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Broken Foot

Foot Fracture

The severity of a broken foot can vary, so it's important that you bring your chicken to the vet if you think their foot is broken. They can help develop a treatment plan to help them recover.

How a Broken Foot Occurs


The most common causes of a broken foot in chickens is getting accidentally stepped on by a large animal or large human. Impact of a heavy object getting dropped on their foot can also cause it to break.

Symptoms of a Broken Foot


If a chicken has broken their foot, they will experience great pain and be reluctant to put weight on it. There may or may not be any apparent damage to the surface of the skin. Swelling will develop soon after the incident that caused the break and it will usually take 2-3 days for greenish discoloration to develop in the area---which is bruising.

Treatment of a Broken Foot


Treatment depends on the severity. If there is any damage to the skin, this area should be thoroughly cleaned and bandaged to prevent any contamination. Since the chicken will be in pain when they walk, it is best to separate them from the rest of the flock, in your chicken 'intensive care area', such as a large dog kennel or oversized enclosed playpen so as to restrict movement and provide support and protection. This can be set up either inside your house or within the enclosure with the other birds. They should also be provided with fresh water and feed, a towel or other soft surface to rest on, and shade from the sun. This area should be cleaned a couple times a day, to prevent their foot from getting dirty. Call your veterinarian and make an appointment for them to see your chicken. They will be able to take radiographs to assess whether it is indeed a break, where the break occurred, and how severe it is.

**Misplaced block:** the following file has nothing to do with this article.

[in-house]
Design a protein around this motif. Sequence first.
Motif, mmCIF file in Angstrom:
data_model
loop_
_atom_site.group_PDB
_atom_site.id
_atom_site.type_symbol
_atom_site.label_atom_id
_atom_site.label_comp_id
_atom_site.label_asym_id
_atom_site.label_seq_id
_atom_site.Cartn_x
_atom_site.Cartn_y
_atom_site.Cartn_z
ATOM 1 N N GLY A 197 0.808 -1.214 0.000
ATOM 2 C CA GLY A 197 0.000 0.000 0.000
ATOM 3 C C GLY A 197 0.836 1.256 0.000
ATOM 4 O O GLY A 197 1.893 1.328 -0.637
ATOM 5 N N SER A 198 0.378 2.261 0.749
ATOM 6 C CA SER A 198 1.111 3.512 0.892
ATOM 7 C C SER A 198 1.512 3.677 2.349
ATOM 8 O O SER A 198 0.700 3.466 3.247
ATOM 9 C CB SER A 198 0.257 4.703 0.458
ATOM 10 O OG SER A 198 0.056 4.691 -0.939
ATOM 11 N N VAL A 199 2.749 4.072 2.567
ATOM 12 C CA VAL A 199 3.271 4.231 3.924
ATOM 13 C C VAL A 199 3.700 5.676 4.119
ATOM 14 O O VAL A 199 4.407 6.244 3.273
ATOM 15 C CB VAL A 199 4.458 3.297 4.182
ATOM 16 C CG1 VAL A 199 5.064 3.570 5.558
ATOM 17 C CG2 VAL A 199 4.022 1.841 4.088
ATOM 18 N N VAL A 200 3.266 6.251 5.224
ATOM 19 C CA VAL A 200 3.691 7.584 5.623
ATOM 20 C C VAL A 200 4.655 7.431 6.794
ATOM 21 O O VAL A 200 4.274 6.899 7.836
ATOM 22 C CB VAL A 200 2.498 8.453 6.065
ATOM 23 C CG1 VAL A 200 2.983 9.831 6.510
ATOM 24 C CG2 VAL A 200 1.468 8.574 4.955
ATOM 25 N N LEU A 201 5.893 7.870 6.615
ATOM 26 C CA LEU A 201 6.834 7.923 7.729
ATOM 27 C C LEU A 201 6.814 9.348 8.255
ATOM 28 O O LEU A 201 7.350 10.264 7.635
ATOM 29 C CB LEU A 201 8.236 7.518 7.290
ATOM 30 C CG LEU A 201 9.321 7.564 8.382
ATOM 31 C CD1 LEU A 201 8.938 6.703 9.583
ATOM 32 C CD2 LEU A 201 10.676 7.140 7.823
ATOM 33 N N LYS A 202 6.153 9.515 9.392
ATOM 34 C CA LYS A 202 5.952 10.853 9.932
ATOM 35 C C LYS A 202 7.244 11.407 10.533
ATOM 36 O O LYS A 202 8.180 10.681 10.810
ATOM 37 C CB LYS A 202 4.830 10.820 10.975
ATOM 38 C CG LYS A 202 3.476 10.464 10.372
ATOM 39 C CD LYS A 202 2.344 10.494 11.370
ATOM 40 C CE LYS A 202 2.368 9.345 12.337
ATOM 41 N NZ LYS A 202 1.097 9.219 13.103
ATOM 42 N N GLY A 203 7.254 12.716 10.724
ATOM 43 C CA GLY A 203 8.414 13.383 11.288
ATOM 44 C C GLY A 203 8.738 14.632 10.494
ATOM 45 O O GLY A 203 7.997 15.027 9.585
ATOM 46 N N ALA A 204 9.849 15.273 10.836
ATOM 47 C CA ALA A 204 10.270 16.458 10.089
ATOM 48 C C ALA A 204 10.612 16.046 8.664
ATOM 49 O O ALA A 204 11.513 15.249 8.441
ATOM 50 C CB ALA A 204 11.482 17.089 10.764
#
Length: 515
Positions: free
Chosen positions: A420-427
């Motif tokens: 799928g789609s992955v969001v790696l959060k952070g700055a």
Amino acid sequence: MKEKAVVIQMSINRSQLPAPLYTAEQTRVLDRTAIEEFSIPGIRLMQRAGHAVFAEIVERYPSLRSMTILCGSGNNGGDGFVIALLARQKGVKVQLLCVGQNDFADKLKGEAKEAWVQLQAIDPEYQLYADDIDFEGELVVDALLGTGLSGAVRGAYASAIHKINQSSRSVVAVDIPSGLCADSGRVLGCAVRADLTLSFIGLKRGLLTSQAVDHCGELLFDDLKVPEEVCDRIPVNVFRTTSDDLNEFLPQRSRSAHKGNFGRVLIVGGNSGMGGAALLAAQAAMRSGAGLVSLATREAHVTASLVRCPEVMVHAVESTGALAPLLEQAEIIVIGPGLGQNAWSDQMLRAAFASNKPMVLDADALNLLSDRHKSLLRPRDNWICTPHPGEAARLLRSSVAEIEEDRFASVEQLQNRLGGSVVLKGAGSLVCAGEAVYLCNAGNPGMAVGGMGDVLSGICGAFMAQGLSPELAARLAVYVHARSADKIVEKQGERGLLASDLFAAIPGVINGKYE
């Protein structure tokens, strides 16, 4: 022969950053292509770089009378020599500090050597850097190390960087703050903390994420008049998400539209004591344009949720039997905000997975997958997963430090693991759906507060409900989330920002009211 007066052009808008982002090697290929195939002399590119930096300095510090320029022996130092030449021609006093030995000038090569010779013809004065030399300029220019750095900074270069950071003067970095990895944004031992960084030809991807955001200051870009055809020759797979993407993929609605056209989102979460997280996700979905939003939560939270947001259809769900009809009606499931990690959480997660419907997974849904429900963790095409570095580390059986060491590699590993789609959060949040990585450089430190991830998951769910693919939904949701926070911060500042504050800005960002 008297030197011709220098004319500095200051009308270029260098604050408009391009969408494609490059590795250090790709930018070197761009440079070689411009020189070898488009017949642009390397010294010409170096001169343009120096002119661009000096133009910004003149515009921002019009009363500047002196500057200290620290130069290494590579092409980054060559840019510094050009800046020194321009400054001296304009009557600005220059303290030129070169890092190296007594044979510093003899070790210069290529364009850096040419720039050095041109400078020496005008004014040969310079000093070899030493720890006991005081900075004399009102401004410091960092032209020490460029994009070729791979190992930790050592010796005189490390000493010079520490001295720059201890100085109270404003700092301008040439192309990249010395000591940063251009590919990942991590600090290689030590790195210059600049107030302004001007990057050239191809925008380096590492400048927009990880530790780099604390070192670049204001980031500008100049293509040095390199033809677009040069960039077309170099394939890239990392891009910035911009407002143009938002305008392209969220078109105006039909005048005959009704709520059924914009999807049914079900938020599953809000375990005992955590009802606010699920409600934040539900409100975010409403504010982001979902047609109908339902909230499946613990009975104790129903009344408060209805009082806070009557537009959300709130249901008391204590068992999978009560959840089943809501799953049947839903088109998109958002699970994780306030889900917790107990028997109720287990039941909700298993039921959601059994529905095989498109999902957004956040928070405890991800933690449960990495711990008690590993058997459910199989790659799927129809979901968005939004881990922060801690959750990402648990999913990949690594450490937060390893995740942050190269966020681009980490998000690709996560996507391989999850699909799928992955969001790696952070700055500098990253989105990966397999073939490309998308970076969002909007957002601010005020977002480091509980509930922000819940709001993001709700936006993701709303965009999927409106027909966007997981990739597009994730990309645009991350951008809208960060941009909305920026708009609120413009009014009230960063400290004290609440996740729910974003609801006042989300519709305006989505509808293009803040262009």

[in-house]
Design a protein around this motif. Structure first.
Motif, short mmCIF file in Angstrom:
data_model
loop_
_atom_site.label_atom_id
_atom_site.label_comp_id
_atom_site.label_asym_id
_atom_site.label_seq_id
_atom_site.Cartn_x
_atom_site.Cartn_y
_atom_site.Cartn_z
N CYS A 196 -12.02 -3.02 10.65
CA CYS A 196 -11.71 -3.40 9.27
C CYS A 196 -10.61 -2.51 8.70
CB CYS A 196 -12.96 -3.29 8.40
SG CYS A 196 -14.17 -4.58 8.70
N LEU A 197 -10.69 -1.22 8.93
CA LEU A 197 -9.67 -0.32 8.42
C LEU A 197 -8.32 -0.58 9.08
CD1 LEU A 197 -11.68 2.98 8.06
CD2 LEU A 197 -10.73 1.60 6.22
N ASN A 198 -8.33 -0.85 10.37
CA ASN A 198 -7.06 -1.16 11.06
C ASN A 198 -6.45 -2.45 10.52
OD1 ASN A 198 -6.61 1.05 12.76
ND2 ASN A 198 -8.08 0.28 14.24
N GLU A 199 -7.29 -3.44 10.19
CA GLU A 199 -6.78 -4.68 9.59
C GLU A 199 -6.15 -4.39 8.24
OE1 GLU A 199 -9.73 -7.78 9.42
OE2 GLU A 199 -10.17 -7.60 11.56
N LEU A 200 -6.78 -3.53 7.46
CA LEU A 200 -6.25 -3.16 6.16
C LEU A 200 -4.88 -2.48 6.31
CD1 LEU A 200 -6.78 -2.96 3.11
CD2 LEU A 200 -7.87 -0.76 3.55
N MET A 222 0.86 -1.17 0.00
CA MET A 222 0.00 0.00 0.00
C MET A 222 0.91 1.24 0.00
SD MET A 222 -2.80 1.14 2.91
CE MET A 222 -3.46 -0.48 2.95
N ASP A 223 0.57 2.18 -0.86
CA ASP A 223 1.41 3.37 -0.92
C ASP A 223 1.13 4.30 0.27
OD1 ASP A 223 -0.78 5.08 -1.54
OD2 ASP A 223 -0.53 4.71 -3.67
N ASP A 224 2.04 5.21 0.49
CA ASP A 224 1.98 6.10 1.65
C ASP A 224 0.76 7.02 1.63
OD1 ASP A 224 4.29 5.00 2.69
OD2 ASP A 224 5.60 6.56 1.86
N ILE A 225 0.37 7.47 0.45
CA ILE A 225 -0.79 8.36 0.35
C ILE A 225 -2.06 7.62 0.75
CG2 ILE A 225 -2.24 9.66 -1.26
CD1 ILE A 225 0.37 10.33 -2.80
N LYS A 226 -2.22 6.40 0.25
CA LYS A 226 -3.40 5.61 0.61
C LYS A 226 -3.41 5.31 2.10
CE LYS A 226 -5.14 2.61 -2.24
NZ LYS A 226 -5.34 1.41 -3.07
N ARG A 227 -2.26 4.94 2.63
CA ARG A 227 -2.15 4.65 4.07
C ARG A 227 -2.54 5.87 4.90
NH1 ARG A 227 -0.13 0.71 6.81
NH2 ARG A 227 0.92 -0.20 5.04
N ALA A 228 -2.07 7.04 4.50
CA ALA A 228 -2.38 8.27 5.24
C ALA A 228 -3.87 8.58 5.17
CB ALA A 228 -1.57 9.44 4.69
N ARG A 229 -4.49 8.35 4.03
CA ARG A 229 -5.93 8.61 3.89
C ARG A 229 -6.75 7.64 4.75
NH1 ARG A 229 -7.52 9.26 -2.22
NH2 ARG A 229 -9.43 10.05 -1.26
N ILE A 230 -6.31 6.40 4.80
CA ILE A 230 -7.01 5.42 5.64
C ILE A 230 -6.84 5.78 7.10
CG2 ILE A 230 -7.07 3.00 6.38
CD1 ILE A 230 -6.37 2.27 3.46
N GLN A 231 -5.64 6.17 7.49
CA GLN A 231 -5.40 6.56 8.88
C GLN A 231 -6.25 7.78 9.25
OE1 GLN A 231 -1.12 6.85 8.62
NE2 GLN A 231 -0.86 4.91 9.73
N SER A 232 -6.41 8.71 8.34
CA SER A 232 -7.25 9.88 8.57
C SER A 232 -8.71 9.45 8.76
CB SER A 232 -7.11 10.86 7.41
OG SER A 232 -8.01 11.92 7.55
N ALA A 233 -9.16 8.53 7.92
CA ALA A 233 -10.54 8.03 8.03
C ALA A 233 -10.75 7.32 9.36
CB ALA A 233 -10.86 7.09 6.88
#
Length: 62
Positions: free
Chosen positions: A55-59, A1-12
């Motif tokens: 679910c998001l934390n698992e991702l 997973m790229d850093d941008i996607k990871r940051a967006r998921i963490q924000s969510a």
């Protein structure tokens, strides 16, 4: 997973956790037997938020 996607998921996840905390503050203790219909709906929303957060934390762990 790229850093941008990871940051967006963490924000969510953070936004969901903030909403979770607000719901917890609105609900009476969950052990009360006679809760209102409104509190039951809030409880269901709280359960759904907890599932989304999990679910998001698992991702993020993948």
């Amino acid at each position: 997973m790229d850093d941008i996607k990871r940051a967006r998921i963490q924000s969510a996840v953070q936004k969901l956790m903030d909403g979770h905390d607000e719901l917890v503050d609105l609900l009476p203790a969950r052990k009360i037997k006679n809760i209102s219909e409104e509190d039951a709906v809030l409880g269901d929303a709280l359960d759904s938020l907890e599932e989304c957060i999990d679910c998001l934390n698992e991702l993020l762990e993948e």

Complications


It is important to try to prevent infection which can lead to osteomyelitis. Therefore, keeping their environment and the foot clean is essential.

Clinical Signs

Lameness
Reluctance to walk or put weight on the foot
Swelling
Green discoloration (bruising)
Pain
Deformity, such as a bone sticking out of the skin

Diagnosis

  • History
  • Clinical signs
  • Radiography

Treatment

NameSummary
Supportive careIsolate the bird from the flock and place in a safe, comfortable, warm location (your own chicken "intensive care unit") with easy access to water and food. Limit stress. Call your veterinarian.
Wound management
Stabilization, rest and physical therapyMay be all that is needed only in very mild cases, however the only way to confirm this is to obtain radiographs by visiting your veterinarian.
Rehabilitation/PhysiotherapyChicken wheelchair or sling

Prevention

  • Minimize risk of impact injuries
  • Don't allow chickens to go out in pastures with horses unsupervised, as even the tamest of horses can spook and accidentally step on them.
  • Be mindful of where your stepping, to avoid stepping on their delicate feet

Prognosis

Usually good as long as there are no secondary infections.

Scientific References

Risk Factors

  • Contact with large animals
  • Accidentally stepping on chickens
  • Kicked or stepped on by a horse

Case Stories